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Replication data for: Credit Relationships and Business Bankruptcy during the Great Depression

Resource Type
  • Hansen, Mary Eschelbach
  • Ziebarth, Nicolas L.
Publication Date
  • Abstract

    Credit relationships are sticky. Stickiness makes relationships beneficial to borrowers in times of their own distress but makes them potentially problematic when lenders themselves face hardship. To examine the role of credit relationships during a financial crisis, we exploit a natural experiment in Mississippi during the Great Depression that generated plausibly exogenous differences in financial distress for banks. Using new data drawn from the publications of the credit rating agency Dun & Bradstreet and from original bankruptcy filings, we show that financial distress increased business exit but did not increase the bankruptcy rate. Financial distress caused both banks and trade creditors to recalibrate their collections strategies, which is revealed by changes in the geographical distribution of the creditors of bankrupt businesses.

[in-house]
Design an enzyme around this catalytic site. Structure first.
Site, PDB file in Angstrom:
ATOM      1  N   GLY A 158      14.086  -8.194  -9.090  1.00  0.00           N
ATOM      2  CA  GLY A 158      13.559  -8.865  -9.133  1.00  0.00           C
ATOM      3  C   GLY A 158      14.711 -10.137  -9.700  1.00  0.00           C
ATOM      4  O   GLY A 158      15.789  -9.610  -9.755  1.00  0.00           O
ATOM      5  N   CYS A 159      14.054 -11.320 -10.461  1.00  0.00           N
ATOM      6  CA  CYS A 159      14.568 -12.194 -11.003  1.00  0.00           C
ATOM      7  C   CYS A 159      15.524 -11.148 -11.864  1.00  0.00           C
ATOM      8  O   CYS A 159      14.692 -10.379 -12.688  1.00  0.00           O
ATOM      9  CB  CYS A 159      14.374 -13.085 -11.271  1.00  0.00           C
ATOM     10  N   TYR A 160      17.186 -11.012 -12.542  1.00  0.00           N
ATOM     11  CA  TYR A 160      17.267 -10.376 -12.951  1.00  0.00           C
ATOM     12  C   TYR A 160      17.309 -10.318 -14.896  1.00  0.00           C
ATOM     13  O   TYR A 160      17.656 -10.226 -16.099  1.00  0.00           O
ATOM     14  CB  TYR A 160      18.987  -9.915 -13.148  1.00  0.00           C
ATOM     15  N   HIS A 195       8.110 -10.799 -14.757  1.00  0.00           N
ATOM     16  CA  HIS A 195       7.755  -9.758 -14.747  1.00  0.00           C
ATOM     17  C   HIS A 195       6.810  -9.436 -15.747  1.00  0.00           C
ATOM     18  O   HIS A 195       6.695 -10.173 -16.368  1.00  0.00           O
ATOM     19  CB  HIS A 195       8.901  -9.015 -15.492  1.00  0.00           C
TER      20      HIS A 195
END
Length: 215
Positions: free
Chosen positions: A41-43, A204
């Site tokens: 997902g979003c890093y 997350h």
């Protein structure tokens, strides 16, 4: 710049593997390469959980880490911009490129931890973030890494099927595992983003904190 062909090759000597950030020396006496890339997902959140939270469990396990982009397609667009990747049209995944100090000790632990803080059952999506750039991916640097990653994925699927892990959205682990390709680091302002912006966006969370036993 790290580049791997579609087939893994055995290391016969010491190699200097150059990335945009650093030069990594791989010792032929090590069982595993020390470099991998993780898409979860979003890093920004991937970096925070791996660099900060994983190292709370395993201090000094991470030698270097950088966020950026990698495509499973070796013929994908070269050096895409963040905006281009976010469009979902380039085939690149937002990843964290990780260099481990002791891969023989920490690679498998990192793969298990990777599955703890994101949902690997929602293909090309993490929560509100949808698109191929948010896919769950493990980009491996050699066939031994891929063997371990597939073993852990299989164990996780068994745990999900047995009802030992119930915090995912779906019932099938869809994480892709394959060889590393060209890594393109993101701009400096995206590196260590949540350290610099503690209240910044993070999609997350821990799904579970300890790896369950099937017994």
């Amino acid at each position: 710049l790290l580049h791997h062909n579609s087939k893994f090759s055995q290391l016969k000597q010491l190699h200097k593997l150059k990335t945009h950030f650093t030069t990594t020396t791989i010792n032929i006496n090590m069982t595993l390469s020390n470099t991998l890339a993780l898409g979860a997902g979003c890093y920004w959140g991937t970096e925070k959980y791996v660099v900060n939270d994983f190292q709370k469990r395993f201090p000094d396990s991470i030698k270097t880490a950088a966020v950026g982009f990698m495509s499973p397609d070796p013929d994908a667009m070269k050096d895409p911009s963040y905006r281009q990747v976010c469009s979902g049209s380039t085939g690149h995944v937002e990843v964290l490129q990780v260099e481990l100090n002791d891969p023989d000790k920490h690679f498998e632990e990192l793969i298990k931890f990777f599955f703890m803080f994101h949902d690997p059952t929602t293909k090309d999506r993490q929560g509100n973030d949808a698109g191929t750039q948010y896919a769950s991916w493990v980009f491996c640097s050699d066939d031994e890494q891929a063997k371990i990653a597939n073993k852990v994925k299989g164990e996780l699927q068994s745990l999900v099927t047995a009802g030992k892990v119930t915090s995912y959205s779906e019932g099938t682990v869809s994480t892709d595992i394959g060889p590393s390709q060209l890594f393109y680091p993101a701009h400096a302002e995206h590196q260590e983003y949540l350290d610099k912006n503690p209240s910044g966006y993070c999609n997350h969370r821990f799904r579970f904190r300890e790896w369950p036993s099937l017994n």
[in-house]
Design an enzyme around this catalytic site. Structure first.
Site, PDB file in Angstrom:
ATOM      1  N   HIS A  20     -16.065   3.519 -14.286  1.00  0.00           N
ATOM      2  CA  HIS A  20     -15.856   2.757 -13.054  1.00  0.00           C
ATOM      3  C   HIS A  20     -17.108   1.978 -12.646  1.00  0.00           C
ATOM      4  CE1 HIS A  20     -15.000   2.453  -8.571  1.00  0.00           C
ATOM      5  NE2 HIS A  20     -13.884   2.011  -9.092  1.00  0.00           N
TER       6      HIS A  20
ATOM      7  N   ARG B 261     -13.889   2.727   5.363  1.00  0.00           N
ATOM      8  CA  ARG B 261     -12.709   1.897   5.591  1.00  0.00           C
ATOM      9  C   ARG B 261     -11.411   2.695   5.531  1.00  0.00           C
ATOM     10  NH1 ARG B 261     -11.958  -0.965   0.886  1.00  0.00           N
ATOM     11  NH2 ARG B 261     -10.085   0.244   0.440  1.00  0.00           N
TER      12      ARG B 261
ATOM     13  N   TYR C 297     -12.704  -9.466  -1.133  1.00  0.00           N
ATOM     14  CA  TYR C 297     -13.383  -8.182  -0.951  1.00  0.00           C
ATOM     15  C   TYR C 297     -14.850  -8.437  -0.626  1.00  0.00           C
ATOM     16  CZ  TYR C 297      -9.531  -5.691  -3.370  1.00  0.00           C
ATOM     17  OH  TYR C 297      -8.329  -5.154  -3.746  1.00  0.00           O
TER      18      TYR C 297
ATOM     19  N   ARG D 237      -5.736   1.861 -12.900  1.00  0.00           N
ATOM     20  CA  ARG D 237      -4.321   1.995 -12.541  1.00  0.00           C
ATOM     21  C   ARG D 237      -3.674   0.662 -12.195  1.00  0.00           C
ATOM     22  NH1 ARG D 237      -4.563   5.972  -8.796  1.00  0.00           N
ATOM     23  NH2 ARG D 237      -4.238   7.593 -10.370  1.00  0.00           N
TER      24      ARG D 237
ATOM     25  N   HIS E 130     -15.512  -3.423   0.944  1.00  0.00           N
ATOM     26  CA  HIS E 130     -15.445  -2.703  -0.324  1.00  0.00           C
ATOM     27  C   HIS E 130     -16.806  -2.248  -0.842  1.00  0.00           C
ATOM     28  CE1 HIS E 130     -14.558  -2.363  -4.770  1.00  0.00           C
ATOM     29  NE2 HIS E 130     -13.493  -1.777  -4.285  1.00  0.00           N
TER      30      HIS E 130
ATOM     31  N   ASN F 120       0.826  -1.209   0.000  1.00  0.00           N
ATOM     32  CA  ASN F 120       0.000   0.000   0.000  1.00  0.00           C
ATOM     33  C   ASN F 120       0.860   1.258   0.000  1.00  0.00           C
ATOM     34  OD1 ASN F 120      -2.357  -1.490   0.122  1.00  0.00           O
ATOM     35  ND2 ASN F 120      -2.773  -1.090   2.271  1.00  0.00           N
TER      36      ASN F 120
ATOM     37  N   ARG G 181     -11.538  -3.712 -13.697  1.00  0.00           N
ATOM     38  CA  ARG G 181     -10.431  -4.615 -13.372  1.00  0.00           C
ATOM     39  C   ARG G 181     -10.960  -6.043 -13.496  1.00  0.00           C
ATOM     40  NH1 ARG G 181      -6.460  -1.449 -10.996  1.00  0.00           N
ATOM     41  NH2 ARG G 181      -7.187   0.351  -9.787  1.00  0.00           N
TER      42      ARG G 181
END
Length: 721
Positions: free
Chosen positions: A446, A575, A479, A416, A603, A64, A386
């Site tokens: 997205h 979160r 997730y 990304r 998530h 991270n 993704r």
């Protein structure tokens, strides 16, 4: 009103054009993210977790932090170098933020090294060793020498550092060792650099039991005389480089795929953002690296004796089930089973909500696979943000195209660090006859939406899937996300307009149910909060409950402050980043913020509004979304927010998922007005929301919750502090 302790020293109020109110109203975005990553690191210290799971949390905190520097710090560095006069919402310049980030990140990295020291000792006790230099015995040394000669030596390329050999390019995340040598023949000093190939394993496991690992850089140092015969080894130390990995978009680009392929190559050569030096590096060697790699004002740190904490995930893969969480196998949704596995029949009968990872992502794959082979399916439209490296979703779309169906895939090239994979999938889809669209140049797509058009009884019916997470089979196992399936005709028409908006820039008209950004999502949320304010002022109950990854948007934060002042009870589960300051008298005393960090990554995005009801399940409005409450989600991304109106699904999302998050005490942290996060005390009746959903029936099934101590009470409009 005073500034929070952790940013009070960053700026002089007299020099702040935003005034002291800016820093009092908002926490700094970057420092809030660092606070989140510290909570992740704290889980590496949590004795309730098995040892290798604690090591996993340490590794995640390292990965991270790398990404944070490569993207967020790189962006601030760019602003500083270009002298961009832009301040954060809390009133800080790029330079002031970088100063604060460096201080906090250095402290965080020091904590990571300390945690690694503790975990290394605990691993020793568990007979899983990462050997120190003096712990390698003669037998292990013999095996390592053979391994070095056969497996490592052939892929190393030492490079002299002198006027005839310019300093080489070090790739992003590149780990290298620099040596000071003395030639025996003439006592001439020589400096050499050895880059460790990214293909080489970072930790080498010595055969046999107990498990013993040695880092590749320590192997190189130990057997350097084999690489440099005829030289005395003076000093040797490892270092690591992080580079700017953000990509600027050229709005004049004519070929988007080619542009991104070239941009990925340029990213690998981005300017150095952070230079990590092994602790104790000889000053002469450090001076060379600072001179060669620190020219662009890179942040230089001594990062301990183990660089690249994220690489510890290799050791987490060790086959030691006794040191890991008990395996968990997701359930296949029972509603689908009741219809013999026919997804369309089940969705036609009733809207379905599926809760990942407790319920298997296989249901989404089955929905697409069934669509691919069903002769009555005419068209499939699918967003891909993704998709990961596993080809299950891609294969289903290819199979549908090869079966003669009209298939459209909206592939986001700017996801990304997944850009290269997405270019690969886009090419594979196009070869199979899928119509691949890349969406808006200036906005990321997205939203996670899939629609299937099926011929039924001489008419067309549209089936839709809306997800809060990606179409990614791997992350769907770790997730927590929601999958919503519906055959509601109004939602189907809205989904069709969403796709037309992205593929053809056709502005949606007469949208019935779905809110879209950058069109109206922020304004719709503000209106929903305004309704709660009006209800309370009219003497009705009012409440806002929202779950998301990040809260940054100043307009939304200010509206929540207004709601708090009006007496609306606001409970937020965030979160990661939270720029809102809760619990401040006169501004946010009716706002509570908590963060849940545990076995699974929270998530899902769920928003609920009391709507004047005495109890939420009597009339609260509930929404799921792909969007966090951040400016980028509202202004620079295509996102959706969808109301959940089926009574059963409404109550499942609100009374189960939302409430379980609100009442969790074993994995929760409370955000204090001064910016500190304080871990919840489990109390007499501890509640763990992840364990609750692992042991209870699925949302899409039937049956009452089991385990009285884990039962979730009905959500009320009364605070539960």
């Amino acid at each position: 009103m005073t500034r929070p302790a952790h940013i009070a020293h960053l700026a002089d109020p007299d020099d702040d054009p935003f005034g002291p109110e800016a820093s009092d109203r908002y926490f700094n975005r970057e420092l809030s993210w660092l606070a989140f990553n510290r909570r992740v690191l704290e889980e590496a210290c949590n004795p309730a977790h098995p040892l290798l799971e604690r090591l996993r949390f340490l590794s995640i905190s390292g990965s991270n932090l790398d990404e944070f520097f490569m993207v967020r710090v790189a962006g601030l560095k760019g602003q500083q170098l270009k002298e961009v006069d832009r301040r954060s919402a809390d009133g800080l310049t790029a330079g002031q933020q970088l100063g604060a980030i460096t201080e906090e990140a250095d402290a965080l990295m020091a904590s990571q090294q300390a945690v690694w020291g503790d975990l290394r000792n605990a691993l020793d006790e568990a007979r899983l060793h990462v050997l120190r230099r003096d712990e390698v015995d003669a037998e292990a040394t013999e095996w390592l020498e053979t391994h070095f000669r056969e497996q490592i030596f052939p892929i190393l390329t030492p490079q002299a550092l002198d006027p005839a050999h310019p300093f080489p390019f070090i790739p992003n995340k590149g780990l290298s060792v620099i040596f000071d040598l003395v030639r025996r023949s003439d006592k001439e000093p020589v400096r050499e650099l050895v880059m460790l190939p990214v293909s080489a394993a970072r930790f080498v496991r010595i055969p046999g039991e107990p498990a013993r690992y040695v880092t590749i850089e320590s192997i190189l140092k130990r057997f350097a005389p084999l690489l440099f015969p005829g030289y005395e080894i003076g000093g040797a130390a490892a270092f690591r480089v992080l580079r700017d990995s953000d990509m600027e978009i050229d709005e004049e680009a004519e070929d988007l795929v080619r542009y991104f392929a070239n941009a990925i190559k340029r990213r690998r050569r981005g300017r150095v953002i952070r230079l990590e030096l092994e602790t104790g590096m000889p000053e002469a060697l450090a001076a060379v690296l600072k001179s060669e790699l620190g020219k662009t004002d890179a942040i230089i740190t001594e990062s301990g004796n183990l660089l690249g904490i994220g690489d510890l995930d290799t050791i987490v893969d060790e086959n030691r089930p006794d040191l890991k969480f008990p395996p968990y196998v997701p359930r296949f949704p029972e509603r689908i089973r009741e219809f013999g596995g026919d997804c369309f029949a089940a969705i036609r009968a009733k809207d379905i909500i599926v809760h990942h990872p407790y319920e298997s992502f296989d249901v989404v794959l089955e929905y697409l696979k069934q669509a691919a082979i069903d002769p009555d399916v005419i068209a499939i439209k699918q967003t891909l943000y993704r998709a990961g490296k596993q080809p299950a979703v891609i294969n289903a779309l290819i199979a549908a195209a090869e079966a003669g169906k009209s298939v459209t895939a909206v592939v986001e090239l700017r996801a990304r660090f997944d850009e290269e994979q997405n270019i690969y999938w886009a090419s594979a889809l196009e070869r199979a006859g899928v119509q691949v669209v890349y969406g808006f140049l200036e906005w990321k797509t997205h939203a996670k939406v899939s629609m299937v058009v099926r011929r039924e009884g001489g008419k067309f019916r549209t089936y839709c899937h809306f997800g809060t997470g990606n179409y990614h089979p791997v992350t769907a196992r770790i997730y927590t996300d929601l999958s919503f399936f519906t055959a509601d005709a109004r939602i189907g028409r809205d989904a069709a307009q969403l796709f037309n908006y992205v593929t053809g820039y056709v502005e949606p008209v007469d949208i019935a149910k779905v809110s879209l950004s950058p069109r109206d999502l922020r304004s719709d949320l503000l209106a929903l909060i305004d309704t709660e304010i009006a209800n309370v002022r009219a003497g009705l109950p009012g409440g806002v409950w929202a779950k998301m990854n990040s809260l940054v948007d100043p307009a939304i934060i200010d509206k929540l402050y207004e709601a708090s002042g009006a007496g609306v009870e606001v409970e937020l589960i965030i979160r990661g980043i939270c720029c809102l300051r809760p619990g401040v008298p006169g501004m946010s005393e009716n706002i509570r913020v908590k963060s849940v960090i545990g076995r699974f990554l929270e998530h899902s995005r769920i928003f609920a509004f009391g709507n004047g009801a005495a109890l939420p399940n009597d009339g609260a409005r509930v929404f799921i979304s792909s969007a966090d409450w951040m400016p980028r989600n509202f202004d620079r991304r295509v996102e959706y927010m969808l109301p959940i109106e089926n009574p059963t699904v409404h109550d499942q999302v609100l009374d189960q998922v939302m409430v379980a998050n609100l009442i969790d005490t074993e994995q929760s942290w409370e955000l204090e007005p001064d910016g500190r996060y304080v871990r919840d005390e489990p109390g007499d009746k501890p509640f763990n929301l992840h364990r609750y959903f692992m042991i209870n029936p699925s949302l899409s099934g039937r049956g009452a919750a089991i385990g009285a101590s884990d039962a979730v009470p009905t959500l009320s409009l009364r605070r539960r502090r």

• Is supplemented by
    DOI: 10.1257/mac.20150218 (Text)
  • Hansen, Mary Eschelbach, and Nicolas L. Ziebarth. “Credit Relationships and Business Bankruptcy during the Great Depression.” American Economic Journal: Macroeconomics 9, no. 2 (April 2017): 228–55.
    • ID: 10.1257/mac.20150218 (DOI)

Update Metadata: 2019-10-13 | Issue Number: 1 | Registration Date: 2019-10-13

Hansen, Mary Eschelbach; Ziebarth, Nicolas L. (2017): Replication data for: Credit Relationships and Business Bankruptcy during the Great Depression. Version: 1. ICPSR - Interuniversity Consortium for Political and Social Research. Dataset.